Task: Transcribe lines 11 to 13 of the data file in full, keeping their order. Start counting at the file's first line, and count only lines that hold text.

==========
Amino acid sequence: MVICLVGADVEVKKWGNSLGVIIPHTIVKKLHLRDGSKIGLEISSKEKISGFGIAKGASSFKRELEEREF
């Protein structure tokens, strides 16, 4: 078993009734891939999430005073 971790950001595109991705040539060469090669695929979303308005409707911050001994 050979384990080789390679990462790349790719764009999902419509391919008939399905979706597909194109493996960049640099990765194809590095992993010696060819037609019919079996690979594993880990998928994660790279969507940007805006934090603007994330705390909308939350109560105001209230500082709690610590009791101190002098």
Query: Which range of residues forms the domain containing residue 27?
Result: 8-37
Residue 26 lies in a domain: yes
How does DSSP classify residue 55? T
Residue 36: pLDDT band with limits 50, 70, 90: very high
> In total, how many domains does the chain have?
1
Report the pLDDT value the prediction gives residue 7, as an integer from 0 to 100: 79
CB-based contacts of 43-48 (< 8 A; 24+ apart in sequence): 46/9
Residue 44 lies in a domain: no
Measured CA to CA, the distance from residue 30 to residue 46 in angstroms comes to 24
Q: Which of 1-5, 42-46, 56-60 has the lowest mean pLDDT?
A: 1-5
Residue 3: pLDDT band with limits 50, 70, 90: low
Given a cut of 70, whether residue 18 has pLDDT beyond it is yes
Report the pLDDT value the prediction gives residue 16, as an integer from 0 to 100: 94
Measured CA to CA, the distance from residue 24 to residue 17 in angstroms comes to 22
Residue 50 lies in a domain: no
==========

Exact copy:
CB-based contacts of 43-48 (< 8 A; 24+ apart in sequence): 46/9
Residue 44 lies in a domain: no
Measured CA to CA, the distance from residue 30 to residue 46 in angstroms comes to 24